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Old 12-08-2013, 06:11 PM
Location: Newburgh, New York
86 posts, read 153,136 times
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I have visited both Montreal and Quebec, and I found the old section of the cities to be delightful. While I know Quebec was founded in 1608 and Montreal is 1642, how old are the majority of the buildings in both Vieux Montreal and Quebec? Do many of them actually date from the 17th or 18th century? Do any of them date from that time period? Or were they built later under British control, as opposed to French. Any links with information regarding my question would be greatly appreciated.
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Old 12-08-2013, 07:22 PM
Location: Gatineau, Québec
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There are buildings dating back to the French régime (which ended in 1763) but many - probably most - were built after that time. A good number - even those built in the French style - were built ''by'' British origin people, or at least for them by either French Canadian or Irish labourers.
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Old 12-08-2013, 07:51 PM
Location: Canada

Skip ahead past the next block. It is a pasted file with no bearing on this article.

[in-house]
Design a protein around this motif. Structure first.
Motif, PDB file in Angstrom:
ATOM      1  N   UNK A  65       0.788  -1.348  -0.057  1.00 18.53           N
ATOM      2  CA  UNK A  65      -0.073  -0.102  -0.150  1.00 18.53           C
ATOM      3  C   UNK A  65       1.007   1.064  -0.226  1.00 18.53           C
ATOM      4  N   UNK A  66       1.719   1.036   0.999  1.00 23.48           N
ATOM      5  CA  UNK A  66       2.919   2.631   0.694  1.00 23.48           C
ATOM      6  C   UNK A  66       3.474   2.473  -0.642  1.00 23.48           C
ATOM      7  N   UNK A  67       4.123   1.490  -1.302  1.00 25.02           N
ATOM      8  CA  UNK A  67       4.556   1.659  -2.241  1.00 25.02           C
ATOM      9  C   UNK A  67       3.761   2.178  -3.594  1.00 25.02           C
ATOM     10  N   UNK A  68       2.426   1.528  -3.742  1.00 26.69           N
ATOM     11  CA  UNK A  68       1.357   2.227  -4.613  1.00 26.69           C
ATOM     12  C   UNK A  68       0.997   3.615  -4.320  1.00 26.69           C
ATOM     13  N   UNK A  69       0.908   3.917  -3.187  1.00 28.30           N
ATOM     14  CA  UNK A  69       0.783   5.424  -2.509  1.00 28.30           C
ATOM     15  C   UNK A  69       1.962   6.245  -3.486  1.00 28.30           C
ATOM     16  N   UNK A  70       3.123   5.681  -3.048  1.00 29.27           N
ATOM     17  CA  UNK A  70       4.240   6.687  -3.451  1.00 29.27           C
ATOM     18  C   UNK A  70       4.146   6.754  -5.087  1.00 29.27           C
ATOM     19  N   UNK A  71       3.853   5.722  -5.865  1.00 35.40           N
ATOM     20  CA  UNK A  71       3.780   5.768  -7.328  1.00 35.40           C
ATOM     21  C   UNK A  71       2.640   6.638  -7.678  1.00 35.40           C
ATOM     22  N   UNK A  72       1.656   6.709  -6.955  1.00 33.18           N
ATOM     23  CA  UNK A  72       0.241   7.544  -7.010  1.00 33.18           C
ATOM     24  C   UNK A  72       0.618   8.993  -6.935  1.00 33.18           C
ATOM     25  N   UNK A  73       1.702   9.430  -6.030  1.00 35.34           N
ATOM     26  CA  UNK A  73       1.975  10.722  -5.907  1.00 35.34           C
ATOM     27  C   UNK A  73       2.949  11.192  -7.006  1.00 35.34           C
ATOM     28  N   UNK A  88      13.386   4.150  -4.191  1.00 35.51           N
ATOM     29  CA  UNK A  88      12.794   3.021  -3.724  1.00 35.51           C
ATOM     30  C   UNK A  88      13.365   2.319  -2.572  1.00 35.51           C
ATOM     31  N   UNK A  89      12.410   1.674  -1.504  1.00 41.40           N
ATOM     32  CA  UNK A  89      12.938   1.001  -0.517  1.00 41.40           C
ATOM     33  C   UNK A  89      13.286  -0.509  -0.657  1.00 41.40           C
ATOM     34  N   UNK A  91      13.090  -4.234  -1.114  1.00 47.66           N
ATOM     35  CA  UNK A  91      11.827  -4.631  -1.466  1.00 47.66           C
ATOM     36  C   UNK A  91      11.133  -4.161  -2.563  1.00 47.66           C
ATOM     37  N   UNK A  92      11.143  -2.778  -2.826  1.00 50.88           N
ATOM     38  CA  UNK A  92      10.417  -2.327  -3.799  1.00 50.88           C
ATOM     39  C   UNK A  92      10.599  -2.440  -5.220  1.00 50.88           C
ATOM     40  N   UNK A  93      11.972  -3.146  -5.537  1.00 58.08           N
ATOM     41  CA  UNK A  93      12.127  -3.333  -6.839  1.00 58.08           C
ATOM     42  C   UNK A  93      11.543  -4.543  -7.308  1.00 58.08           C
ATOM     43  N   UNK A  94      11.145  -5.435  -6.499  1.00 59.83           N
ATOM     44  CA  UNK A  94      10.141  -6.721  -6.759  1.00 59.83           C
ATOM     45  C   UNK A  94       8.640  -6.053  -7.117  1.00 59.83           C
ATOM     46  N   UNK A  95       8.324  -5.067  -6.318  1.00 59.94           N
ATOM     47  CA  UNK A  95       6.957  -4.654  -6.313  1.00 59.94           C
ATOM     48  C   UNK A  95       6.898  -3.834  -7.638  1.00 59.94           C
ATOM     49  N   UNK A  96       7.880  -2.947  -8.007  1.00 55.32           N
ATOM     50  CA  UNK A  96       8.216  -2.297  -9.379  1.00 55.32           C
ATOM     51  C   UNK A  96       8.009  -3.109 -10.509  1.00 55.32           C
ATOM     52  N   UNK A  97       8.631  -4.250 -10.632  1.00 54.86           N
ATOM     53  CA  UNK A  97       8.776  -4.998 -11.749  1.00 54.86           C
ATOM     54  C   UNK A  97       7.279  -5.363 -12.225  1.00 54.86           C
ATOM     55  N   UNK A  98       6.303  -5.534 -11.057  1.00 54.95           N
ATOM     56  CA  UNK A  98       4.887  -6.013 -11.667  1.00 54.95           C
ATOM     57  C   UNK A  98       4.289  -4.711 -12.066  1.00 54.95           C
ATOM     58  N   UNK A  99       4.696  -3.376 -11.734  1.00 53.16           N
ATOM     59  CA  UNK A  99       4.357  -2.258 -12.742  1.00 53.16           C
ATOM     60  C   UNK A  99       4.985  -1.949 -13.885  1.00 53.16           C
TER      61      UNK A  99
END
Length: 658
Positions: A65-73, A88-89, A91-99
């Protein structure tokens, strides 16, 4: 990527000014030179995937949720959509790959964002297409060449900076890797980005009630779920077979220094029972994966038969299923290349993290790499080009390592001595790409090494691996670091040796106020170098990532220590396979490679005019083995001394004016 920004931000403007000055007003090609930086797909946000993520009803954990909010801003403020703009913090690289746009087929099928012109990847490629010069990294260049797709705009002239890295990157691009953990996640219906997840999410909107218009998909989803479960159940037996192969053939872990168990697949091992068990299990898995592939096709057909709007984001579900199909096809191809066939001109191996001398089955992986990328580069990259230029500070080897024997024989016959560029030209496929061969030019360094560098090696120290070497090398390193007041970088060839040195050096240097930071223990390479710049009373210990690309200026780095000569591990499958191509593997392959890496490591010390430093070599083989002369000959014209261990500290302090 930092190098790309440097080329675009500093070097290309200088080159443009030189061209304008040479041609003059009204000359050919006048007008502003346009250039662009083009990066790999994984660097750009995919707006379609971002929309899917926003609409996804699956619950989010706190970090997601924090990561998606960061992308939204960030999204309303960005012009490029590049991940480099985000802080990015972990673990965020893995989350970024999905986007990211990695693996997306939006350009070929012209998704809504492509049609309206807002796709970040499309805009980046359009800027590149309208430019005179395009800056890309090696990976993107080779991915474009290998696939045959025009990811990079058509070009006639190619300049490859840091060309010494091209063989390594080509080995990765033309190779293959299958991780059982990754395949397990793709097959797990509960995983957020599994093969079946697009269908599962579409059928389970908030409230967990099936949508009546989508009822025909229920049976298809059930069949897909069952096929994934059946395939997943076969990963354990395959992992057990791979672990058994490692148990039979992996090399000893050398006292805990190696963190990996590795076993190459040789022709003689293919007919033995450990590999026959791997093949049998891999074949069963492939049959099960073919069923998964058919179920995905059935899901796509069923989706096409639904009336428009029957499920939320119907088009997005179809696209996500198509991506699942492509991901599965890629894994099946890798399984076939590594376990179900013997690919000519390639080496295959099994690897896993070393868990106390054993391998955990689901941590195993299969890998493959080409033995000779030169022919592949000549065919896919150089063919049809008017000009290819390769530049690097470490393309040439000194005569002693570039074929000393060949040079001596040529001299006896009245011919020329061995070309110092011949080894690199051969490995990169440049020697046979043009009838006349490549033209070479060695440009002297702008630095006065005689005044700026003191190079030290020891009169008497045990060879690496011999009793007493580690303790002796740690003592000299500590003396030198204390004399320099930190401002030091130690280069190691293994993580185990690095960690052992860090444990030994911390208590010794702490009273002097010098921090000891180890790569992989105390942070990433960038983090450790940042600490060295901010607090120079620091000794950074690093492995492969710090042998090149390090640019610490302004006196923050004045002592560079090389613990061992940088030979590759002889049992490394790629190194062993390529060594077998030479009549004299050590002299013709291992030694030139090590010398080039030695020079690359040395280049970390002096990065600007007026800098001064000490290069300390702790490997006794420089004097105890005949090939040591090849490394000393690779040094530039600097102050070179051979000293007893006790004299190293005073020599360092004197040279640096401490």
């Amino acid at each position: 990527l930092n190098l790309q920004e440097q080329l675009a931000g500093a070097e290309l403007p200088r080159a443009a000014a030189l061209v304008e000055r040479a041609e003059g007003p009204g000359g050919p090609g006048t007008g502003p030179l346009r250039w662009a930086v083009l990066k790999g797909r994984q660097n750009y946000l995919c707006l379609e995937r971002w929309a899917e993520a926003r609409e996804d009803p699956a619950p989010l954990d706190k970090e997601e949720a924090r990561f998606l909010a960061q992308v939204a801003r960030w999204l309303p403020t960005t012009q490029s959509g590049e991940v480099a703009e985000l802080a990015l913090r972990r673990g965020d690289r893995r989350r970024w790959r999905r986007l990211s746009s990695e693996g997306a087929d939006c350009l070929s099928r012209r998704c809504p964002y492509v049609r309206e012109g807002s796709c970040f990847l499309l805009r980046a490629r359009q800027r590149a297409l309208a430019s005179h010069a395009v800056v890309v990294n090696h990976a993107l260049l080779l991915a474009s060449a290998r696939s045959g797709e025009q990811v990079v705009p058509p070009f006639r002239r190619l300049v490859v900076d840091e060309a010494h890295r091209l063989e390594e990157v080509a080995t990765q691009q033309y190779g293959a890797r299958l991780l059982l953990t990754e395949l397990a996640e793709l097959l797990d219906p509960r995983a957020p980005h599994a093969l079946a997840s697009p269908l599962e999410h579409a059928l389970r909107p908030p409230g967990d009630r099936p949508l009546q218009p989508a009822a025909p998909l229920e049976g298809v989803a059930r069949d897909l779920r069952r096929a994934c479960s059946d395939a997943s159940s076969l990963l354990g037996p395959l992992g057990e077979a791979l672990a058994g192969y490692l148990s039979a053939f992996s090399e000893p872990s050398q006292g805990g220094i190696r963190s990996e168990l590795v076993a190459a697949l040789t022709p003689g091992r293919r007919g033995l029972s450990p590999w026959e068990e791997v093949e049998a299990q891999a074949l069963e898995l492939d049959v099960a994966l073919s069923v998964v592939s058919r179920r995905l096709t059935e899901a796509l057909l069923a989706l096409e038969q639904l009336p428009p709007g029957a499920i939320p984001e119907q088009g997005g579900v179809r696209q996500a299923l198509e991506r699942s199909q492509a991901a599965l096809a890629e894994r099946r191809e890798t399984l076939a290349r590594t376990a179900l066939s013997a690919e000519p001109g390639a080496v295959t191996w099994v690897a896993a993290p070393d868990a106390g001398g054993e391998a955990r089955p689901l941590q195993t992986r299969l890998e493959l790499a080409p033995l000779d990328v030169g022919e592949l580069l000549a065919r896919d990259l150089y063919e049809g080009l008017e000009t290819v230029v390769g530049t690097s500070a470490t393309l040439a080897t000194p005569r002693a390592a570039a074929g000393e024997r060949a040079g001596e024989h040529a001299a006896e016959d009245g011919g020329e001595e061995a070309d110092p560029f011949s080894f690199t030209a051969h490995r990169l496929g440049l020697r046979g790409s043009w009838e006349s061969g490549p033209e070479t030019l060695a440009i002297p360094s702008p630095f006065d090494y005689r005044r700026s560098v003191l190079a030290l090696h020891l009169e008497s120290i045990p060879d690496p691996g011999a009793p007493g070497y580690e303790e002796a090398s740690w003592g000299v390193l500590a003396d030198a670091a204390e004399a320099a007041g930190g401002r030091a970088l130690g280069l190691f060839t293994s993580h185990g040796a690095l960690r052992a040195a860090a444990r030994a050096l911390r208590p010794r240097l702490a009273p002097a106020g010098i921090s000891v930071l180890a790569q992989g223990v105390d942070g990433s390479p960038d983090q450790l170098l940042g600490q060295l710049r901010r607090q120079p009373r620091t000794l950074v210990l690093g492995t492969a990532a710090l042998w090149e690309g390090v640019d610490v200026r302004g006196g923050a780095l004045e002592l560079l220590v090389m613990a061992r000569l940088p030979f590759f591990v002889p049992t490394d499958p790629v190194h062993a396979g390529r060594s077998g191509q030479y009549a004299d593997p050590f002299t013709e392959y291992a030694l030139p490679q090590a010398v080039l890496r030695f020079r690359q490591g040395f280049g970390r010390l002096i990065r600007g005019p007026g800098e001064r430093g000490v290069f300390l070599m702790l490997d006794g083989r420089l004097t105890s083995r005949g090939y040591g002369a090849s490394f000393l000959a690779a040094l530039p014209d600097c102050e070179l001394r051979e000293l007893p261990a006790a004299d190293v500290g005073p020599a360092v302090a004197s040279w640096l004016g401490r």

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Chateau Ramezay, the seminary, and Hotel Dieu are some prominent buildings in Old Montreal from the French colonial period. It's important to note that alot of the early British period structures were built by the existing French labourers using French construction techniques, so those buildings have alot in common with the earlier French colonial buildings despite French rule having been over. Eventually, as other types of builders joined them, notably the Irish, and British architects joined them, more British influence came into old Montreal mimicking the styles of London, Glasgow and New York. These still often incorporated French ideas, many of them from post Conquest France. Notre Dame Basilica, the district's most notable structure, is a replica of the completely French Notre Dame in Paris, and it was built well into the British period with an Irish Protestant New Yorker architect, so the French element of the district clearly persisted as part of the mix. The Canadian Chateau style of architecture intentionally fused Canadian ethnic influences by combining Scottish Baronial and French Chateau styles. The more common plexes that define Montreal's late 19th and 20th century working and middle class housing styles is also a mix of the Scottish innovation of lowrise stacked flats with the rural French Canadian farmhouse style of curved exterior staircases leading to entrance ways. So Old Montreal is a mix of British, French, and older American styles, but also fuses these styles in many of its buildings.
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